Maia, M, Ackermand D, Dehghani GA, Gente P, Hekinian R, Naar D, O'Connor J, Perrot K, Morgan JP, Ramillien G, Revillon S, Sabetian A, Sandwell D, Stoffers P.  2000.  The Pacific-Antarctic Ridge-Foundation hotspot interaction: a case study of a ridge approaching a hotspot. Marine Geology. 167:61-84.   10.1016/s0025-3227(00)00023-2   AbstractWebsite

The Foundation hotspot-Pacific-Antarctic Ridge (PAI) system is the best documented case of a fast spreading ridge approaching a hotspot and interacting with it. The morphology, crustal structure inferred from gravity anomalies and the chemical composition of the lavas of the axial area of the PAR show evidence of the influence of the hotspot, that is presently located roughly 35 km west of the spreading ridge axis. Along-axis variation in the Mantle Bouguer anomaly is about 28 mGal, corresponding to a crustal thickening of 1.5 km where the hotspot is nearer to the PAR. Anomalous ridge elevation is 650 m and the along-axis width of the chemical anomaly is 200 km. A comparison of these axial parameters with those derived for other ridge-hotspot systems, suggests that the amount of plume material reaching the ridge axis is smaller for the Foundation-PAR system. This implies a weaker connection between the plume and the ridge. Cumulative effects of a fast spreading rate and of a fast ridge-hotspot relative motion can be responsible for this weak plume-ridge flow. The how from the hotspot may be less efficiently channelled towards the ridge axis when a fast ridge is rapidly moving towards a hotspot. (C) 2000 Elsevier Science B.V. All rights reserved.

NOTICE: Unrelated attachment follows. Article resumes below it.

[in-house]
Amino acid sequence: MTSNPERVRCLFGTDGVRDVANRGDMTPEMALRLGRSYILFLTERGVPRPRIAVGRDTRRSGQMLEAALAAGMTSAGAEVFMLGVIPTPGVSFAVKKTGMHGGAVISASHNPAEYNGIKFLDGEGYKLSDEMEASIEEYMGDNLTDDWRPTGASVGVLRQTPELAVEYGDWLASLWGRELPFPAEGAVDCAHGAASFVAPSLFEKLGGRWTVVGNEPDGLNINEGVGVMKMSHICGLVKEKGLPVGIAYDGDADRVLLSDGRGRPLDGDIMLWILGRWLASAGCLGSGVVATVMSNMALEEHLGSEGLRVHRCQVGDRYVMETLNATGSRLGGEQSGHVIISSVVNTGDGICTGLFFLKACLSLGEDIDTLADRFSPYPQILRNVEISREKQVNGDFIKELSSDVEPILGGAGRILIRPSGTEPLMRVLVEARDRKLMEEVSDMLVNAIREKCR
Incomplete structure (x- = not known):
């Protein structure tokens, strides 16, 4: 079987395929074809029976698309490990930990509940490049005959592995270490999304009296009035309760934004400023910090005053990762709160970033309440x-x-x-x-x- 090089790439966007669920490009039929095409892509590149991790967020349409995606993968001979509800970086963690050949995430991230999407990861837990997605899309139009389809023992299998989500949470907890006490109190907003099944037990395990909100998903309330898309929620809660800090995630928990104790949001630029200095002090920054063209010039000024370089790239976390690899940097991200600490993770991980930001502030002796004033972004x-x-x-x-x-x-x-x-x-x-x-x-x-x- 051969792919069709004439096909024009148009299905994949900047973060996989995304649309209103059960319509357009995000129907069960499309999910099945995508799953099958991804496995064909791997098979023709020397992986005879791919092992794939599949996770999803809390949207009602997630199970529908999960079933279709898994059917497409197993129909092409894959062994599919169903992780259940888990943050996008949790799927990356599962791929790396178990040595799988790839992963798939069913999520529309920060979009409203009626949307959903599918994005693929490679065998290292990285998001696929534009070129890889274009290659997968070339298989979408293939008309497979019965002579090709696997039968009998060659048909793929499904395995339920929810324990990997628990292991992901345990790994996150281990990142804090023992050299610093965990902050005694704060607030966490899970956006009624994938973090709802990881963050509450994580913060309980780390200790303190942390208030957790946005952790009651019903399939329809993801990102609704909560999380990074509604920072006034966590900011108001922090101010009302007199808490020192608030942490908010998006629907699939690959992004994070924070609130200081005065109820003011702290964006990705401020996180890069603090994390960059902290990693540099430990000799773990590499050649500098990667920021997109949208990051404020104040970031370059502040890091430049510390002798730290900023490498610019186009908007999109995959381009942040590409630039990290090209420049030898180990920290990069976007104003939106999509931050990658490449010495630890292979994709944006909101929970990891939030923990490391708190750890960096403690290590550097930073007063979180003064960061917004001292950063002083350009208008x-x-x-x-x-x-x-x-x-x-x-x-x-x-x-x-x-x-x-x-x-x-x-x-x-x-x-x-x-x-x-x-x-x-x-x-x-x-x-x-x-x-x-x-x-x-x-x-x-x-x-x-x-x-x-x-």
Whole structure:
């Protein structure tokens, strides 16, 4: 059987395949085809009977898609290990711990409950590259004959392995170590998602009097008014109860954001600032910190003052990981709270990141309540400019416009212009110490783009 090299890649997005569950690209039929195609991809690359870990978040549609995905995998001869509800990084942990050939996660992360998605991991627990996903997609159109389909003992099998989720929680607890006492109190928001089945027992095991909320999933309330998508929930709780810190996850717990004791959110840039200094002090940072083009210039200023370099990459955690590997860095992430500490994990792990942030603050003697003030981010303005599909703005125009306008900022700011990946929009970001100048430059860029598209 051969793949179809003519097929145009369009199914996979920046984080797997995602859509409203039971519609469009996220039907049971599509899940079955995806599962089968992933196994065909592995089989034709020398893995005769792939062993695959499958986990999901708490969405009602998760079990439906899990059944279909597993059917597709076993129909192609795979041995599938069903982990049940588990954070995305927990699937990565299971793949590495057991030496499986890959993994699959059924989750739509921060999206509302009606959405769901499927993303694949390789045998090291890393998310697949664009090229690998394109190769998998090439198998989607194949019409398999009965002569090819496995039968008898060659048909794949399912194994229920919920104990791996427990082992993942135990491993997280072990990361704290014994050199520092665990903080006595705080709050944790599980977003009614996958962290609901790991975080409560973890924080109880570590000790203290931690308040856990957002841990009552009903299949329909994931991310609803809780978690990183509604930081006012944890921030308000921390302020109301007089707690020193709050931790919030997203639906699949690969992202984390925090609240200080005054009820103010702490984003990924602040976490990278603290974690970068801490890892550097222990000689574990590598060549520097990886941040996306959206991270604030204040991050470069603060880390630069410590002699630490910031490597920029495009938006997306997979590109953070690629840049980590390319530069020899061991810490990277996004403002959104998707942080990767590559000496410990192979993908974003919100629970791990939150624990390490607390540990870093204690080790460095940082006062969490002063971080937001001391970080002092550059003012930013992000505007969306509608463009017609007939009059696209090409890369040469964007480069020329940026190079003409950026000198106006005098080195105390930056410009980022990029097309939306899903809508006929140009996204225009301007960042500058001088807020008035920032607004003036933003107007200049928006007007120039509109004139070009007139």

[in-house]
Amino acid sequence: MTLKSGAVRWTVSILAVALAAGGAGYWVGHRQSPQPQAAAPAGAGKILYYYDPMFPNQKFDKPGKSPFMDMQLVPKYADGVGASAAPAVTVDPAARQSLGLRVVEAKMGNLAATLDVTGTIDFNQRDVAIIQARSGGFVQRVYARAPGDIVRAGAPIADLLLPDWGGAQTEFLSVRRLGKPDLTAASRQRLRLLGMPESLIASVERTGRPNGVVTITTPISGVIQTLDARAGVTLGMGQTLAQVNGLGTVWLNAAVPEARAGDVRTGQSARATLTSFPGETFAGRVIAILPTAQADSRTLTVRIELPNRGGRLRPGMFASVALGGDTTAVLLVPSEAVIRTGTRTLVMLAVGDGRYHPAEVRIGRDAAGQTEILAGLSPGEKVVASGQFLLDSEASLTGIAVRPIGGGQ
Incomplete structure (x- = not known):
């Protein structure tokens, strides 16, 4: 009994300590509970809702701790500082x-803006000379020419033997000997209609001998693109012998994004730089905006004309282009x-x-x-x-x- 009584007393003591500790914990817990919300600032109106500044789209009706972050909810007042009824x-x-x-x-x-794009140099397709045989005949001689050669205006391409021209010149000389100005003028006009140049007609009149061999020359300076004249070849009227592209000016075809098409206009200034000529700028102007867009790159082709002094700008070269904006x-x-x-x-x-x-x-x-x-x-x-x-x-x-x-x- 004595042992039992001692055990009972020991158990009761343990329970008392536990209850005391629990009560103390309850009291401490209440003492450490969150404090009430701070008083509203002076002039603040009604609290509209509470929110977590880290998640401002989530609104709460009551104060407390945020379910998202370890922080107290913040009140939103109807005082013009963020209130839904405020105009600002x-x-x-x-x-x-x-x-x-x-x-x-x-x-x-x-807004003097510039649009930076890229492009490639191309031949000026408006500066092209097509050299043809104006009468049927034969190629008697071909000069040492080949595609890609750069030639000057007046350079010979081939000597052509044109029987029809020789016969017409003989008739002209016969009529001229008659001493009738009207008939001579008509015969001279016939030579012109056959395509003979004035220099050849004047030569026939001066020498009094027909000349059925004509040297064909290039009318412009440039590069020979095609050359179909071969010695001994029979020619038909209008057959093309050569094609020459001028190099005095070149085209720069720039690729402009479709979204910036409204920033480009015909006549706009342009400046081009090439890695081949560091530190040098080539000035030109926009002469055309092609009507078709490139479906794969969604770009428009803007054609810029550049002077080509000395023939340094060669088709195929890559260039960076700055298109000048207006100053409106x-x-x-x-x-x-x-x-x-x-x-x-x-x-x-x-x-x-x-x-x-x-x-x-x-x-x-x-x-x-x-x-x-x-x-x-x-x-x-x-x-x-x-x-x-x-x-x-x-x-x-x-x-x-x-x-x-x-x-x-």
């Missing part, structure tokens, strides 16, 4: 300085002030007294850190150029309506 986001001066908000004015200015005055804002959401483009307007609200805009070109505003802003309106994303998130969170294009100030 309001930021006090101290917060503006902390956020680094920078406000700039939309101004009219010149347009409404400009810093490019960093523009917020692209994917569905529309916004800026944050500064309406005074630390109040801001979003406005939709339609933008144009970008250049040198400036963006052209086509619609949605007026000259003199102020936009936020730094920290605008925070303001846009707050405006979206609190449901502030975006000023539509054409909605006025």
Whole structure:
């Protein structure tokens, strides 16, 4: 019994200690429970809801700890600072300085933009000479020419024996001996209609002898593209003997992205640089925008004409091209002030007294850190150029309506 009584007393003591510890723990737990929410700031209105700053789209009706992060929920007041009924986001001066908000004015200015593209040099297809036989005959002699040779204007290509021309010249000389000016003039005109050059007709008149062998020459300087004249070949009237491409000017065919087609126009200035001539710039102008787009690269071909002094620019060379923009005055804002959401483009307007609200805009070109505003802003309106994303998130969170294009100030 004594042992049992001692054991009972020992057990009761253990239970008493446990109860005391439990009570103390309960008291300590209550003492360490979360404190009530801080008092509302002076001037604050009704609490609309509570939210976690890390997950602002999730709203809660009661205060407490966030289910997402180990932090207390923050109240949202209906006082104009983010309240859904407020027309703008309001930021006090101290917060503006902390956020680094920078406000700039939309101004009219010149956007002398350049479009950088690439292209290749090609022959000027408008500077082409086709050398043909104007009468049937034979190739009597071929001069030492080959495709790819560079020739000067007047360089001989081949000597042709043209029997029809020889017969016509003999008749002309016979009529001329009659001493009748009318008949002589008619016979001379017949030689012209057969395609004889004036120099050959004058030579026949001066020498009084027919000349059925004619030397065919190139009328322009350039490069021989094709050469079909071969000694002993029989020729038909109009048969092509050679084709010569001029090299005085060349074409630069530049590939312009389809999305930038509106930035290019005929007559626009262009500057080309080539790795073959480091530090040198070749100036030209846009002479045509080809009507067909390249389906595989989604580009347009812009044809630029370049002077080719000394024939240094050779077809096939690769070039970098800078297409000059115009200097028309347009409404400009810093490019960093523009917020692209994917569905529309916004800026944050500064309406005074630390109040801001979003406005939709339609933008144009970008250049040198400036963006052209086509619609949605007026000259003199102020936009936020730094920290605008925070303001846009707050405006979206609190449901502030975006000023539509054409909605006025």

Royer, JY, Sclater JG, Sandwell DT.  1989.  A Preliminary Tectonic Fabric Chart of the Indian-Ocean. Proceedings of the Indian Academy of Sciences-Earth and Planetary Sciences. 98:7-24. AbstractWebsite
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Sandwell, D, Rosen P, Moore W, Gurrola E.  2004.  Radar interferometry for measuring tidal strains across cracks on Europa. Journal of Geophysical Research-Planets. 109   10.1029/2004je002276   AbstractWebsite

A major uncertainty in understanding the interaction between the surface of Europa and its ocean below is the present-day activity of fractures. Using well-constrained models for tidal strain and a force balance in a cracked shell, we estimate the shear and normal displacement of cracks that penetrate upward from the base of the shell. If more than half of the plate is fractured, then surface displacements having amplitudes of 3 to 30 cm will be localized in a band 1 to 100 km from the crack. Plate spreading will occur if more than similar to85% of the plate is fractured. The pattern of deformation is sensitive to both the percentage of plate that is cracked and the total thickness of the shell. Repeat-pass radar interferometry could easily detect and map the activity of the cracks during a short experiment from a variety of suitable orbits with repeating ground tracks.

Royer, J-Y, Gahagan LM, Lawver LA, Mayes CL, Nuernberg D, Sandwell DT, Scotese CR.  1990.  A tectonic chart for the Southern Ocean derived from Geosat altimetry data. AAPG Studies in Geology. 31( St. John B, Ed.).:89-99., Tulsa, OK, United States (USA): American Association of Petroleum Geologists, Tulsa, OK AbstractWebsite